How US diplomacy can provide a solution in northeast Syria

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DR. DANIA KOLEILAT KHATIB

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June 08, 2022

Turkish-backed Syrian fighters patrol a front opposite Syrian Democratic Forces (SDF) outside Manbij, Syria, June 8, 2022. (AFP)

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Turkish President Recep Tayyip Erdogan has once again raised the issue of an incursion into Syria. Such operations are a periodic assignment for the Turkish military. Every time they feel the heat of the Kurdish militants and every time they feel they can exert pressure, they conduct an incursion to set the People’s Protection Units, known as the YPG, back. However, this policy is not sustainable and the idea of a safe zone to house relocated refugees is not feasible. There needs to be a more sustainable arrangement that can contribute to a permanent and comprehensive solution to the Syrian conflict.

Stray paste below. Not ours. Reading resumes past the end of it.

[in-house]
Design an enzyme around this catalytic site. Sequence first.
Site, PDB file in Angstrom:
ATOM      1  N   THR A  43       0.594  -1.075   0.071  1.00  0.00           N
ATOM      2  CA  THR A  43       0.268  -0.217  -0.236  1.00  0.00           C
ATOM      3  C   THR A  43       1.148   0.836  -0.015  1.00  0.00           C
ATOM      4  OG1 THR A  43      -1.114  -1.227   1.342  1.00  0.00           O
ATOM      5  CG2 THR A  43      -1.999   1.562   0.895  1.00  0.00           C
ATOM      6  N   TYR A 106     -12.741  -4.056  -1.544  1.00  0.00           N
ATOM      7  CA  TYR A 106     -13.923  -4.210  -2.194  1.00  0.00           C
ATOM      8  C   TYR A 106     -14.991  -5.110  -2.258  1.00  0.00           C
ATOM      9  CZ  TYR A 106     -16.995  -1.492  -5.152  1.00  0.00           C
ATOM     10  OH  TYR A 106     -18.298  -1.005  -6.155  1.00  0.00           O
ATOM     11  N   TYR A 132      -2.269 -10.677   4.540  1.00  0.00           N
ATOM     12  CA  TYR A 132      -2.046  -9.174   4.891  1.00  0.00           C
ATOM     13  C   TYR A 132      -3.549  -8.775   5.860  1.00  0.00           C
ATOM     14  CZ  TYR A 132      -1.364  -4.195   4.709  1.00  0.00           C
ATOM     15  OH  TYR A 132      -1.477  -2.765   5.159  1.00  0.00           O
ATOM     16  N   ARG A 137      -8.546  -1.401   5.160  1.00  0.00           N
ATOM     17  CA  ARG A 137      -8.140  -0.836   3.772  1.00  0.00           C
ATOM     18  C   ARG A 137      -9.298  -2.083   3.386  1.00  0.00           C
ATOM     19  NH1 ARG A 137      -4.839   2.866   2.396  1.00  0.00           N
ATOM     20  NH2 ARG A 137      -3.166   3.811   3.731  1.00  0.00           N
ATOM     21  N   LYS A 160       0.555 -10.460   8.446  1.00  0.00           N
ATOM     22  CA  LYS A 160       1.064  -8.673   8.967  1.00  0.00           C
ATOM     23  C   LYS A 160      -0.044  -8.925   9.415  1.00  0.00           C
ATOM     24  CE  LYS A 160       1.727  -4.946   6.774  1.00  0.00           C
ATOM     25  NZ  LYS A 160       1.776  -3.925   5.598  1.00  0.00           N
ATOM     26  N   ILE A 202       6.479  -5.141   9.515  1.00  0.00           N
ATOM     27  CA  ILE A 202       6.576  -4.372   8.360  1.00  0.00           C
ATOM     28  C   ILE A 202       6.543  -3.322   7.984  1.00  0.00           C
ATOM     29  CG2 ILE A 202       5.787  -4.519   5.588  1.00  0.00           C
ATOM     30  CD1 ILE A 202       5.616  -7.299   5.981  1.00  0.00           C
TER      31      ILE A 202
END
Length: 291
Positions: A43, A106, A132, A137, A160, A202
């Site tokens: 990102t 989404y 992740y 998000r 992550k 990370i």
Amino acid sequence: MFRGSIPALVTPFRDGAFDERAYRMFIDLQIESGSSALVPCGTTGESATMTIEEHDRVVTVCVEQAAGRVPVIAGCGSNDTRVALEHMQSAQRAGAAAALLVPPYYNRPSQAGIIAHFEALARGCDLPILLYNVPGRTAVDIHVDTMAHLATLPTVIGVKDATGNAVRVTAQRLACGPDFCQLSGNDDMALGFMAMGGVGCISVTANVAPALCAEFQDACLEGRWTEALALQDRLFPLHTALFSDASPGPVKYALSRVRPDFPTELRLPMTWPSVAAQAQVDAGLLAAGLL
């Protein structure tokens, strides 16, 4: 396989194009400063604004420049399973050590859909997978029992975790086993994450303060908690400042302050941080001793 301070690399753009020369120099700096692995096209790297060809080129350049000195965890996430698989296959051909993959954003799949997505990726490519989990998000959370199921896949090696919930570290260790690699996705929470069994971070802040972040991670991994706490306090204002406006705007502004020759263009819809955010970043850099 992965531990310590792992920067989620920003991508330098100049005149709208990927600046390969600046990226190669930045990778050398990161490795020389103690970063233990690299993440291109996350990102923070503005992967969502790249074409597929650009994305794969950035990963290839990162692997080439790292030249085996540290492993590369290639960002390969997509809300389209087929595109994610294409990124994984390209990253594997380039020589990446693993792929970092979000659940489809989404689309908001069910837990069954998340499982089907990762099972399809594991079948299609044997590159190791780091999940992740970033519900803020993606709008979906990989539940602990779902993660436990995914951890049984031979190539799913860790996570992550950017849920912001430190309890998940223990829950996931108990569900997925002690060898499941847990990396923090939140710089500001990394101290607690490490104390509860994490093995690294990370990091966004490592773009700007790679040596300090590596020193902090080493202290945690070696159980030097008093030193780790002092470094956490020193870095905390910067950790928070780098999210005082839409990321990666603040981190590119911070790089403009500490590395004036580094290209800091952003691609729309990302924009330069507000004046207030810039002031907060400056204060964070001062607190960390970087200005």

The Kurdish issue did not arise with the YPG and the fight against Daesh. It goes back to long before that. To understand the YPG in Syria, you need to understand the Kurdish issue in the region. The Kurds as an ethnic group are spread over four countries: Iraq, Syria, Iran and Turkey. Each of those countries has been suspicious of the Kurdish national movement.

In Syria, under the fake Arabization policy of the Baath regime, the Kurds were displaced in order to separate them from their kinsmen in neighboring countries. They were displaced from their villages and towns and replaced by Arabs. Kept under the thumb for decades under the rule of the brutal Assad regime, the Kurds did not have much to say. However, the opportunity for emancipation came with the eruption of Daesh.

The Obama administration found them to be a safe bet to fight the terrorist group. The US had question marks about other Arab Sunni fighters, fearing that they might have affinity with fundamentalist groups. So, the US relied on the Kurds to fight Daesh and started arming them, as well as giving them political support, with minimal supervision.